Working From Home? Don't Leave Ergonomics At The Office!

Whether working from home all the time or just having the options and flexibility to do either, there is no escaping this new normal everyone lives in. It's time to think differently about the home office.

Ergonomics in the home office

Working from home is here to stay. This means employees need to move on from the hack-phase of makeshift desks and workspaces and start to think differently about how they work from home. In a new two-part podcast from LINAK U.S. Inc., special guests Dr. Mark Benden, director of the Ergo Center at Texas A&M University, and Martha Parker, project manager and ergonomist at the Ergo Center, explore this topic and dive into the challenges and opportunities of the home office. 

"In your job, you can compare yourself to a pro-athlete," says, Dr. Mark Benden. "In order to perform at peak levels, you need the same equipment and tools around that you always have. You would not want to change this up or go without something every time you traveled. This is the same for your workspace. To keep the level of performance the same, you want that transition to be seamless."

This focus on seamlessness is emphasized in the episode, along with some unique findings from a series of studies centered around office workers who shifted to working from home. These studies were the first of their kind as they took in software data at a very large-scale, monitoring 120 types of metrics of over 40,000 office workers for multiple years. One question on everyone's mind that the study answered was, "Can people working from home be as effective as those working in the office?"

"After about 45 days, people were back up to their regular level of productivity," says Parker. "What that means for us today is that you're going to get back to where you were from a work status, and you can do it for the long haul."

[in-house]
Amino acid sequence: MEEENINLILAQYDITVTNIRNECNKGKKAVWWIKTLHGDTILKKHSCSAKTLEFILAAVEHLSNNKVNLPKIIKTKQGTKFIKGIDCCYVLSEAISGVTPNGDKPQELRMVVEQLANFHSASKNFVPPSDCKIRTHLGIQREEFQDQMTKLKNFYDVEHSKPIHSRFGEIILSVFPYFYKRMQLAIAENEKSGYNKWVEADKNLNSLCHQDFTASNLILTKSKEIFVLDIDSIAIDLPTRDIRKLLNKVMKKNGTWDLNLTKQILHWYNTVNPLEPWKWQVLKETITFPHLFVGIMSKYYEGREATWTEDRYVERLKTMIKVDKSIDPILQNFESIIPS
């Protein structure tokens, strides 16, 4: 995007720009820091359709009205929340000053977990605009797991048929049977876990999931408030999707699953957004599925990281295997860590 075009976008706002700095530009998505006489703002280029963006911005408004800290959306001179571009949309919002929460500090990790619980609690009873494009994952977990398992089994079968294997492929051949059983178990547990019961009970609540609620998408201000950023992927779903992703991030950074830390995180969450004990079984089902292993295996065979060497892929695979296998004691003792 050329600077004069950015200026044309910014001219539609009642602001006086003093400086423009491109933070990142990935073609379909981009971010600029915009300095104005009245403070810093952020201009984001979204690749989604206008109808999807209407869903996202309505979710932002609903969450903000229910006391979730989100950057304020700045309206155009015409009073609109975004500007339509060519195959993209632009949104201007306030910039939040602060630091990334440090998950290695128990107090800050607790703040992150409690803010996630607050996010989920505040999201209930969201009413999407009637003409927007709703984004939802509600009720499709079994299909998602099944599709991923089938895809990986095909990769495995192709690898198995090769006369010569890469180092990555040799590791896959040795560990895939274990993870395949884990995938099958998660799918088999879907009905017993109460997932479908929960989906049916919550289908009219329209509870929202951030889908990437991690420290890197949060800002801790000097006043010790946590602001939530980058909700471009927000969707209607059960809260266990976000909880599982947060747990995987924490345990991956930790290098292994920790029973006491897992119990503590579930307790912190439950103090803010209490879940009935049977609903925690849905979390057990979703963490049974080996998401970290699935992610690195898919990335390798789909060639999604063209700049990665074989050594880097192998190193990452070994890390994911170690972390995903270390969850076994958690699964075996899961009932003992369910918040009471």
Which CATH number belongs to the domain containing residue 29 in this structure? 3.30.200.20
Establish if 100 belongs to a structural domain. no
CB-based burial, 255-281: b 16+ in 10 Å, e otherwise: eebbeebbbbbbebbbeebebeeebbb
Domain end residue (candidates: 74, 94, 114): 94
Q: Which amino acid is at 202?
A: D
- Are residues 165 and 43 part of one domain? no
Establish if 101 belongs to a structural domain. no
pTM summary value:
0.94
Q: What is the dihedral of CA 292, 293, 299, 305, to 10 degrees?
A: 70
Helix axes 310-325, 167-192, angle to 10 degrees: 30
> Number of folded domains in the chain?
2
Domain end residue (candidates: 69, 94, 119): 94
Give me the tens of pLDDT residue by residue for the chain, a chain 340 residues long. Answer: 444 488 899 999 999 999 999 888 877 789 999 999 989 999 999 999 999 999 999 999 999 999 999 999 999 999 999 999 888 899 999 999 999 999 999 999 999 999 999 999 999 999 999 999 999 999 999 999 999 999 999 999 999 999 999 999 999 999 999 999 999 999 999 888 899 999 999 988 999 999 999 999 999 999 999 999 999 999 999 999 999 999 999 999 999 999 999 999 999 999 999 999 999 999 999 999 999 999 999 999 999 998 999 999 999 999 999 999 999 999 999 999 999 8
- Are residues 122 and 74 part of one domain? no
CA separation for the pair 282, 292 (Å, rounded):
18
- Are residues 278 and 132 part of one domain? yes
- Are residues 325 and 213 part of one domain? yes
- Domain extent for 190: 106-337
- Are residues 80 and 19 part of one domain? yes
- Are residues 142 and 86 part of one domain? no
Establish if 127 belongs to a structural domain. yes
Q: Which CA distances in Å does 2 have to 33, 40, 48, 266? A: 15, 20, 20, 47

So, the good news is that employees can be just as effective at home. But if the goal is to speed up that transition and ensure a continued level of productivity, it is important that employees have a dedicated space at home that replicates the same equipment and setup as their workspace in the office. This is where ergonomics plays an even more important role.

One of the biggest things employees need to focus on is staying active. Sitting or standing in the same position all day can have very damaging effects on the body. Though the study showed employees tend to move about the same at home as they do in the office, it is still not that great. In fact, Dr. Benden and Parker suggest following the 20-8-2 metric. Where the strategy is to focus on sitting for 20 minutes, standing for eight and walking or moving for two.

Dr. Benden covered it well, "The thing for folks to remember, is that the best position you can be in ergonomically to work at your computer is your next one. So, the very optimal position is the whole concept of change…That's the secret sauce. What's good for us is the transition to move."

Learn all about the results from the comprehensive study in part one of the discussion with Dr. Benden and Parker or get all the tips and tricks for health and wellness in part two.

Source: LINAK U.S. Inc.

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Categories: Active and Healthy Living

Tags: active living, ergonomics, healthy living, home office, productivity, work from home, working from home


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